200 Years of Discovery: The Doctrine of Discovery in the Law School Curriculum

Date: Wednesday, November 15th from 1:00 – 2:00 pm EST/ 12:00 – 1:00 pm CT


Discussion Description:

Johnson v. M’Intosh was decided 200 years ago. While the case remains binding precedent, the premise underlying the decision has become increasingly suspect over time. The case relies on the Doctrine of Discovery, which assumes lands inhabited by non-Christians are vacant. The Doctrine has been formally renounced by the Vatican and condemned by others. Nevertheless, the Doctrine remains a foundation of American law. Join the AALS Indian Nations and Indigenous Peoples Section’s webinar to learn how leading scholars address the Doctrine of Discovery in their classrooms.

Watch the Recording Here


Robert Miller, Willard H. Pedrick Distinguished Research Scholar, Professor of Law, Arizona State University Sandra Day O’Connor College of Law

Robert J. Miller’s areas of expertise are Federal Indian Law, American Indians and international law, American Indian economic development, Native American natural resources, and Civil Procedure. He is an enrolled citizen of the Eastern Shawnee Tribe, the Interim Chief Justice for the Pascua Yaqui Tribe Court of Appeals and sits as a judge for other tribes. He is the Willard H. Pedrick Distinguished Research Scholar at ASU and the Faculty Director of the Rosette LLP American Indian Economic Development Program at ASU.

In 2014 he was elected to the American Philosophical Society. The APS is the oldest learned society in the United States and was created by Benjamin Franklin in 1743. Thomas Jefferson served as president of the APS for seventeen years overlapping his time as president of the United States. The APS has only elected about 5,600 members in its 280 year history.

Before joining ASU in 2013, Professor Miller was on the faculty of Lewis & Clark Law School from 1999-2013. Prior to his career in academia, he practiced Indian law with Hobbs, Straus, Dean & Walker, and practiced litigation with the Stoel Rives law firm. Following graduation from law school, he clerked for Judge Diarmuid O’Scannlain of the U.S. Court of Appeals for the Ninth Circuit.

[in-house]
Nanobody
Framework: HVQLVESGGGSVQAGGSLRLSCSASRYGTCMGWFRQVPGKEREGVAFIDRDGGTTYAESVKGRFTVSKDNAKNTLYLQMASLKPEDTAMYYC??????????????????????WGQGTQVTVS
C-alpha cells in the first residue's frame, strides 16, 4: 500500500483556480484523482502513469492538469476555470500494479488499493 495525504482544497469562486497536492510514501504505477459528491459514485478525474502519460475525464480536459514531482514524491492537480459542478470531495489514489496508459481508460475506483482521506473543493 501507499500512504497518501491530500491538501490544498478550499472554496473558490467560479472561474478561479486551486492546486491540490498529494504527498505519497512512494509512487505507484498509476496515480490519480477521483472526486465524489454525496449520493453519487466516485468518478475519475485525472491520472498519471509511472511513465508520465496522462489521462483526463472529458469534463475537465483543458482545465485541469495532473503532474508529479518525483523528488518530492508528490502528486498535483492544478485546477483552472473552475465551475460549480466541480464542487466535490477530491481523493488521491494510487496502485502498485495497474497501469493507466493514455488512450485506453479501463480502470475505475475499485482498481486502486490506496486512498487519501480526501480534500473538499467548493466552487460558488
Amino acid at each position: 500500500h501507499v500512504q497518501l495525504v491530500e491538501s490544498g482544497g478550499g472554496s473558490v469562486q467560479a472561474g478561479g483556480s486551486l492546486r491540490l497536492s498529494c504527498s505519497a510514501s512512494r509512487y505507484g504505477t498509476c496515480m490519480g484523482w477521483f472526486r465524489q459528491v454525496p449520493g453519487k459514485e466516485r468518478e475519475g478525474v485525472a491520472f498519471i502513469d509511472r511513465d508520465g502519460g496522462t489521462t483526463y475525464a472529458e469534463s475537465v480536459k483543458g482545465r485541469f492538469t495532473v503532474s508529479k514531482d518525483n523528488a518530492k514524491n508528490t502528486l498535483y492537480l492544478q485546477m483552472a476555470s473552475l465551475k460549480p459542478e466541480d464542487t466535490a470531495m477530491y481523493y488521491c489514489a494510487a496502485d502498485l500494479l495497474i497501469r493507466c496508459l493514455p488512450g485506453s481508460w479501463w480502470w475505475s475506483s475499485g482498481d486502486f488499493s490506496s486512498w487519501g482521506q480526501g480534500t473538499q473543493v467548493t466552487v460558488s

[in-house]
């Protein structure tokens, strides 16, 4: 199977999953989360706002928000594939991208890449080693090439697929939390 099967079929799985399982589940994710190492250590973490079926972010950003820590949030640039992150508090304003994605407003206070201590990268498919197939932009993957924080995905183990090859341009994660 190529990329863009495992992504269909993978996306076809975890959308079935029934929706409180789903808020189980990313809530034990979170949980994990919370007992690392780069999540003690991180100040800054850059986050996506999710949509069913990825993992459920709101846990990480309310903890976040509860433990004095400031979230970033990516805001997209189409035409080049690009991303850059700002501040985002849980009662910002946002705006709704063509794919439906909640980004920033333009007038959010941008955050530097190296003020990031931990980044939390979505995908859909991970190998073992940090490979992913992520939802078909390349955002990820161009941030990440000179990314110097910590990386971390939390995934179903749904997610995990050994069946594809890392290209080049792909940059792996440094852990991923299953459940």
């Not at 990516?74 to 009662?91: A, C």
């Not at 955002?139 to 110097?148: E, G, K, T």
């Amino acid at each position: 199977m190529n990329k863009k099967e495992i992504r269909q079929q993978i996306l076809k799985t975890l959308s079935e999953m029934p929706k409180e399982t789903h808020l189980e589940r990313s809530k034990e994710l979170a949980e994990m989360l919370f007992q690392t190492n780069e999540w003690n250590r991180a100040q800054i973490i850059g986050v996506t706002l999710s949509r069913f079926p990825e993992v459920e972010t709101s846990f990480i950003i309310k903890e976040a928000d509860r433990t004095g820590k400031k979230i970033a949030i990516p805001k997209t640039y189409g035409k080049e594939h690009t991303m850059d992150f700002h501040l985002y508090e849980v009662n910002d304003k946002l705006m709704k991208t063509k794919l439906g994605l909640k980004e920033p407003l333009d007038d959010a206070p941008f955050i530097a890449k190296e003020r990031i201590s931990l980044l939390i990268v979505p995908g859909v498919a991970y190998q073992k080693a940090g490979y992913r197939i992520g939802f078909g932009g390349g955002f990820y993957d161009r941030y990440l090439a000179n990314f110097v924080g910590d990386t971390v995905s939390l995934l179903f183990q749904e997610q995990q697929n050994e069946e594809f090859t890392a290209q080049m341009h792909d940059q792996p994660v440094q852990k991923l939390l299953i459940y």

Professor Miller’s scholarly works include articles, books, and book chapters on a wide array of Federal Indian Law issues and Civil Procedure, and he speaks regularly on Indian Law issues across the U.S. and in other countries. He is the author of “Native America, Discovered and Conquered: Thomas Jefferson, Lewis and Clark, and Manifest Destiny” (Praeger 2006), and “Reservation Capitalism: Economic Development in Indian Country” (Praeger 2012). He co-authored “A Promise Kept: The Muscogee (Creek) Nation and McGirt v. Oklahoma (forthcoming University of Oklahoma Press 2022); “Creating Private Sector Economies in Native America: Sustainable Development through Entrepreneurship (Cambridge University Press 2019); and “Discovering Indigenous Lands: The Doctrine of Discovery in the English Colonies” (Oxford University Press 2010). Professor Miller has worked as a consultant with the American Philosophical Society since 2006 on tribal language and archival issues. He was elected to the American Law Institute in 2012.